Wow. It’s December 30th. I just looked down at the little calendar icon thing at the bottom of my computer screen and it screamed at me–“It’s almost the end of a whirlwind year lady! It’s almost the beginning of 365 days of new adventure ahead. You should probably reflect on this!”
I jumped right out of my neckerchief at the thought, and since I’m not going anywhere today because nature is ringing in the New Year with yet another blizzard and more drifts of snow blocking my driveway, I figured now is as good of time as any to let you all know something about me.
I am a grateful, frizzy haired, pug loving, frozen and slightly more squishy thanks to the holiday cookies lady.
I am thankful.
I am thrilled and hopeful and full of love and nerves and excitement and overwhelmed…not only at the thought of a year full of changes and decisions and heartbreak and joy and manual labor at my back, but for the one ahead.
The one ahead that is sure to bring all of those things and more…especially that manual labor stuff.
But before I look ahead with you all, ahead to a year where I hope I will see the dust from your car trailing behind you down our pink road and onto our doorstep, I want to look back.
Because looking back always helps remind me, especially when I am in the middle of shoveling away what the blizzard brought us, or sweating and cursing the burs of summer, or trudging through the gumbo of the buttes after a wayward cow, that I am here.
Right back where I started from.
Right where I belong.
See, I’m not sure if I made this clear in the beginning of this little project I started (which I simply refer to as “writing it all down,”) that last year at this time I was living alone. I was living alone in a big house in a town an hour and a half away from the ranch–an hour and a half away from where my husband had just moved to take a job.
And I couldn’t go with him because I too, had a job to do. And together, we had a house to finish–a house we purchased on a good five year plan to gut it all out, put it all back together nice and shiny and live there, working and saving and making our way back to the ranch in good time.
But the fast paced industry in which husband is employed sent to him an opportunity that we couldn’t pass up–an opportunity to continue work with his company and live where we wanted to live. For a good long time.
And we were looking for some permanency, because we had spent the last five New Years in different houses.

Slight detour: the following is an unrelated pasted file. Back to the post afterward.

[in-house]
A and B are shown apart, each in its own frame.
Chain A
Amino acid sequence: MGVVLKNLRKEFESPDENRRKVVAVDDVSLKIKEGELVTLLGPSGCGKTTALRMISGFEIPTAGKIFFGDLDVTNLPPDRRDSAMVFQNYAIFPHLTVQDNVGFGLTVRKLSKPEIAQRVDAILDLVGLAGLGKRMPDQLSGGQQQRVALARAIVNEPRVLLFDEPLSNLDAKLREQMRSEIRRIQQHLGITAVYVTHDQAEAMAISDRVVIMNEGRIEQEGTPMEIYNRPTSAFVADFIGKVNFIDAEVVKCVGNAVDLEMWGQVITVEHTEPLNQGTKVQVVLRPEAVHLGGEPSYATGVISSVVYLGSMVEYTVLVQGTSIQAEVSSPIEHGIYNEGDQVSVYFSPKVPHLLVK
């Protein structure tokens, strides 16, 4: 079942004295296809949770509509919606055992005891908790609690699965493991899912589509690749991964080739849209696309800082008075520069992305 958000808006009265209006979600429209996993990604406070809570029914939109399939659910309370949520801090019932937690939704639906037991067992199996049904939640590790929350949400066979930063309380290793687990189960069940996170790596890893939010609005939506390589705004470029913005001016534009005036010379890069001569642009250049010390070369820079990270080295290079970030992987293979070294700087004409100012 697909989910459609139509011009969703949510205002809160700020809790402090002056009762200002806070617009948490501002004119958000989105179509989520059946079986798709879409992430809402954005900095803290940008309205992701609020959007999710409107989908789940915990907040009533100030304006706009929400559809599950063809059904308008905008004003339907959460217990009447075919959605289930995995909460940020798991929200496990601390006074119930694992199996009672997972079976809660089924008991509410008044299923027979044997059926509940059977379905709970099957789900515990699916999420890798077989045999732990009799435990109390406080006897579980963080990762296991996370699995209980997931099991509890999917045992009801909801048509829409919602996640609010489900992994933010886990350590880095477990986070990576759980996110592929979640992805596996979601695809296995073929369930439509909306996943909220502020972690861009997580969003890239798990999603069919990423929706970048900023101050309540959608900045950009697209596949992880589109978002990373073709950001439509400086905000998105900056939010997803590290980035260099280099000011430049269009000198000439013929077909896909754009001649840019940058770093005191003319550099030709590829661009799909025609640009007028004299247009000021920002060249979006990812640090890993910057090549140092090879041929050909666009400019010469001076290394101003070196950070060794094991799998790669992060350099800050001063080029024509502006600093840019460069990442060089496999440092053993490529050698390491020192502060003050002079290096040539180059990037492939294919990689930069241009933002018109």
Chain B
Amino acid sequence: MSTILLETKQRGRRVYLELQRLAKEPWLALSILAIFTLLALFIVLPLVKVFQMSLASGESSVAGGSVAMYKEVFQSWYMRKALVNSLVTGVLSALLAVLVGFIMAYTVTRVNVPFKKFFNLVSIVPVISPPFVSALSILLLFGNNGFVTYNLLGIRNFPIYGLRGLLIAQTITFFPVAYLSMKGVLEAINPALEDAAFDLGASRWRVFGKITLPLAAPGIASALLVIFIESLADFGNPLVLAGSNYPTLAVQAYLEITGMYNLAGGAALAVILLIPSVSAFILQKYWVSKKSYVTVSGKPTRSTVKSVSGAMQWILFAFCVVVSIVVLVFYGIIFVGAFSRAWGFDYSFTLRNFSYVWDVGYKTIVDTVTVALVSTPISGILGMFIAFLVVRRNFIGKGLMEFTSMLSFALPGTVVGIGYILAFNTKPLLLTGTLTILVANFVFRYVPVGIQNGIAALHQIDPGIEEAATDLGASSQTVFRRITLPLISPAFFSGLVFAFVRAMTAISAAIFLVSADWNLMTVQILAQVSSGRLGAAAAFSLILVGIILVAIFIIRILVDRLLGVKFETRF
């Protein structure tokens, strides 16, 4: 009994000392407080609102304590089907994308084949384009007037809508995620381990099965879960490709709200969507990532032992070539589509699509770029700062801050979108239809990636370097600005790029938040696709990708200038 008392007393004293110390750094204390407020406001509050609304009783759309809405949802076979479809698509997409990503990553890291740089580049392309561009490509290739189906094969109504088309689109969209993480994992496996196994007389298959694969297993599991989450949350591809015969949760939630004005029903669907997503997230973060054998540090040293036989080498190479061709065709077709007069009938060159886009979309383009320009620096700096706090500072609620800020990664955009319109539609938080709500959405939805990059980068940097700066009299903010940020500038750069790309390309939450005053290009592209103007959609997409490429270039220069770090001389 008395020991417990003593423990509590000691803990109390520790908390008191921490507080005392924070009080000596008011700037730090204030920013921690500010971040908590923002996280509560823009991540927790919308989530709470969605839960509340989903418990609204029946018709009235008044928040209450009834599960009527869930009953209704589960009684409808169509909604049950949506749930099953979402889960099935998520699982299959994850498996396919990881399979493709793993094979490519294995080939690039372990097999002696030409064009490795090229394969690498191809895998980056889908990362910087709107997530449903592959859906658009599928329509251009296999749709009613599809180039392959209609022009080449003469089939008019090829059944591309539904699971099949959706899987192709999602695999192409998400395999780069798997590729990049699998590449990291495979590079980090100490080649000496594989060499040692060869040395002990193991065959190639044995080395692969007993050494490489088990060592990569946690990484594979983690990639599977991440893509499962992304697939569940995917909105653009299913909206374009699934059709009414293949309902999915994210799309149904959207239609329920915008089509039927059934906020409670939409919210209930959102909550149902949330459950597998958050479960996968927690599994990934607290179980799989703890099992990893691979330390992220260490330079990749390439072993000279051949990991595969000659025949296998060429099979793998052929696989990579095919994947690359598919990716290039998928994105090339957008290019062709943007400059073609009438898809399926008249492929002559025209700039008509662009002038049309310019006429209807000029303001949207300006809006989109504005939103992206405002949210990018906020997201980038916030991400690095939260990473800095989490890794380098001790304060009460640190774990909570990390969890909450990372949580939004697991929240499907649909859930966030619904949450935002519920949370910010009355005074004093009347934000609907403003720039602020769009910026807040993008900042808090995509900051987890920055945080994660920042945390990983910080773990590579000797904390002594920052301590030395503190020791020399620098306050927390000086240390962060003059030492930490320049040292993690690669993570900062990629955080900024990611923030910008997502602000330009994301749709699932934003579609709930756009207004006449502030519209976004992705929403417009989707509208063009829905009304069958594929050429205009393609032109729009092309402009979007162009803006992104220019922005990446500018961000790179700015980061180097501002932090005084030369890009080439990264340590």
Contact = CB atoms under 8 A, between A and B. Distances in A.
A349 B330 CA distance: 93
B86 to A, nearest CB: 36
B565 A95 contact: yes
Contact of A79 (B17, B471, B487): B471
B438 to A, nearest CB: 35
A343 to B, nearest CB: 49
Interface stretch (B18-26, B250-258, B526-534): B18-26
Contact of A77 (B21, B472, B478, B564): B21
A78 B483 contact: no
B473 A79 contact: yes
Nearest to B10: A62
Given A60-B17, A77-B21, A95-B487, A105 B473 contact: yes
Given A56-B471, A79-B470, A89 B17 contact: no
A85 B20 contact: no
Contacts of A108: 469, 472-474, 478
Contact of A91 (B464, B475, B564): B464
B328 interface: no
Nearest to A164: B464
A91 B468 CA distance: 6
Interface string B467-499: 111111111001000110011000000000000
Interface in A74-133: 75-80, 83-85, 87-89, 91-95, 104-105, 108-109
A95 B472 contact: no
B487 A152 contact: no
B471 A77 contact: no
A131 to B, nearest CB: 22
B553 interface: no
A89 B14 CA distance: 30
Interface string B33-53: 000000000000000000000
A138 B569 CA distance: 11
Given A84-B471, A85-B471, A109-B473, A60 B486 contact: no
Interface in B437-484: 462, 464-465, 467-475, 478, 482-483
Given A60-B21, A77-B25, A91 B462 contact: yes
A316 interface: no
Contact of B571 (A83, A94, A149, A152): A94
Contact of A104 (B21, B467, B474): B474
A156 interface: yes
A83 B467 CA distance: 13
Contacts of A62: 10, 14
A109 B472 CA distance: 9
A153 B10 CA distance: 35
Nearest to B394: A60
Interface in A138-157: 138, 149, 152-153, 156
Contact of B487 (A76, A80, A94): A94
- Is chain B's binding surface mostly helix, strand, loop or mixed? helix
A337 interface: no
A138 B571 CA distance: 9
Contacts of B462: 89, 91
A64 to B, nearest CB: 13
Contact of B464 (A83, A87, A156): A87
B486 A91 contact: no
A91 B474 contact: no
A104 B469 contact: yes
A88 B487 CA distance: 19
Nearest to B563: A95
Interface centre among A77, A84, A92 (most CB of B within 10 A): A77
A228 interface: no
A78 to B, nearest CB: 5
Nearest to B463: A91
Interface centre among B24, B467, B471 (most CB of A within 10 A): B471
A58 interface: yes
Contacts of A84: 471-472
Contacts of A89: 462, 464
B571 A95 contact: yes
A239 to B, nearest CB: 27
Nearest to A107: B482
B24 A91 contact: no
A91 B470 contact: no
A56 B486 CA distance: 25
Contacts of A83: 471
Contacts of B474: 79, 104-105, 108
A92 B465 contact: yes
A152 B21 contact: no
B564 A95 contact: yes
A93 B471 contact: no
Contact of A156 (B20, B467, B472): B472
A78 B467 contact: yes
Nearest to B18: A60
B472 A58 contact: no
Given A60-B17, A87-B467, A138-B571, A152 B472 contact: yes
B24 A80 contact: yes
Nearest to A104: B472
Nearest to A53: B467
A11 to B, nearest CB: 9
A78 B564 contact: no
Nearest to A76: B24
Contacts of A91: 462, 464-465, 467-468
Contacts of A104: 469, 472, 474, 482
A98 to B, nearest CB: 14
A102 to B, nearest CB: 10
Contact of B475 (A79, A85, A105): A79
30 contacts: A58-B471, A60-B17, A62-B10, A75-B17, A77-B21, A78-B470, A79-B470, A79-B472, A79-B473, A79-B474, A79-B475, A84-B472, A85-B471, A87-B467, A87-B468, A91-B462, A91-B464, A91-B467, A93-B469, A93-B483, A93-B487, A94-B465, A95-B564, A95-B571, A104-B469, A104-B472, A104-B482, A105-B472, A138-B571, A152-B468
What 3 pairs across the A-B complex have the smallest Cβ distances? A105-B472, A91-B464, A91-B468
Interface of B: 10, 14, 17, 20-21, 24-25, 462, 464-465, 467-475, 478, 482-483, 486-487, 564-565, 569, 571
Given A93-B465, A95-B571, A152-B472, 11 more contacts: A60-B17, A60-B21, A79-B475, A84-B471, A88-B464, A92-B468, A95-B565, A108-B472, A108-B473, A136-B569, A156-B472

Whew, were we ready to be home.
So this couldn’t be passed up. Because ten years ago, when we graduated from high school, together, we would have never guessed that we could be out here in our mid-twenties and starting the life we always wanted.
So husband packed his bags and I kept my job and my stuff in the house that was torn apart from wall to wall. And on the weekends, along with our wonderfully helpful family members, we hammered and nailed and painted and sawed and planned and stained and varnished and cleaned and one of us may or may not have gotten her head stuck in a ladder.
I can’t remember.
And I was exhausted. And I missed my husband. And I was lonely and felt like the winter was never going to end. I cried a bit and then looked on the bright side and then cried a bit more.
Then I went to Vegas.
And I met big Elvis and saw Bette Midler and won a dollar and wore my fancy outfits.
Then it was back to the real world, more snow and more building and more missing each other and more tears until one day I finished a job that was challenging and good for me, we cleaned up the sawdust, packed up my shoe collection and the pug, shut the door and put out the for sale sign.
For Sale To the Highest Bidder-the last two years of our lives (and some of husband’s blood with my tears splashed in).
And down the road we went, all of our earthly possessions crammed in husband’s pickup, sweat trickling down our faces, paint on our clothes. Here I would like to say the sky opened up and the sun shone down on us and all was right with the world.
But I am nothing if I’m not real and so I will say instead, I was scared to death. Because I had major plans. And I told people about them. I had this vision of living and having a family and sharing this place with others since I was a little girl.
And here I was and all I could hear in my head, over the birds chirping and the cows mooing and the coyotes howling was my voice…”now what?”